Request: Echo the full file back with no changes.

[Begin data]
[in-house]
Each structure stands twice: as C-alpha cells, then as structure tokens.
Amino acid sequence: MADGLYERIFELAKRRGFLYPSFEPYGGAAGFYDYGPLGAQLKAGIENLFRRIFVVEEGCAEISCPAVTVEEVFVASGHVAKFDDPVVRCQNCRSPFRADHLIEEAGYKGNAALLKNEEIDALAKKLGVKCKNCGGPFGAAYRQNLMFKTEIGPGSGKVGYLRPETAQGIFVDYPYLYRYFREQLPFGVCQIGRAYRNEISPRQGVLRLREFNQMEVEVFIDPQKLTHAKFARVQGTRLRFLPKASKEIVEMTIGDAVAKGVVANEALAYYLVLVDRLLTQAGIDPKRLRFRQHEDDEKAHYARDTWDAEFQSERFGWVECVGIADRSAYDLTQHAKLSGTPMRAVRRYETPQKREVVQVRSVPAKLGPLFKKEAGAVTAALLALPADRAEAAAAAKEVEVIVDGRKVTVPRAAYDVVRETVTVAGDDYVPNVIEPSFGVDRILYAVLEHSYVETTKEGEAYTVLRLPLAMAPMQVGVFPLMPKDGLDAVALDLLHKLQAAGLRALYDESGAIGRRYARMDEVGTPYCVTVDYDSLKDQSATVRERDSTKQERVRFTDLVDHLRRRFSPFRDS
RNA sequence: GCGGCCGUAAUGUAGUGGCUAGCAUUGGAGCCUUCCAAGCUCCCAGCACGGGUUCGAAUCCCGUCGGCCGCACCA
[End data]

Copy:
[in-house]
Each structure stands twice: as C-alpha cells, then as structure tokens.
Amino acid sequence: MADGLYERIFELAKRRGFLYPSFEPYGGAAGFYDYGPLGAQLKAGIENLFRRIFVVEEGCAEISCPAVTVEEVFVASGHVAKFDDPVVRCQNCRSPFRADHLIEEAGYKGNAALLKNEEIDALAKKLGVKCKNCGGPFGAAYRQNLMFKTEIGPGSGKVGYLRPETAQGIFVDYPYLYRYFREQLPFGVCQIGRAYRNEISPRQGVLRLREFNQMEVEVFIDPQKLTHAKFARVQGTRLRFLPKASKEIVEMTIGDAVAKGVVANEALAYYLVLVDRLLTQAGIDPKRLRFRQHEDDEKAHYARDTWDAEFQSERFGWVECVGIADRSAYDLTQHAKLSGTPMRAVRRYETPQKREVVQVRSVPAKLGPLFKKEAGAVTAALLALPADRAEAAAAAKEVEVIVDGRKVTVPRAAYDVVRETVTVAGDDYVPNVIEPSFGVDRILYAVLEHSYVETTKEGEAYTVLRLPLAMAPMQVGVFPLMPKDGLDAVALDLLHKLQAAGLRALYDESGAIGRRYARMDEVGTPYCVTVDYDSLKDQSATVRERDSTKQERVRFTDLVDHLRRRFSPFRDS
RNA sequence: GCGGCCGUAAUGUAGUGGCUAGCAUUGGAGCCUUCCAAGCUCCCAGCACGGGUUCGAAUCCCGUCGGCCGCACCA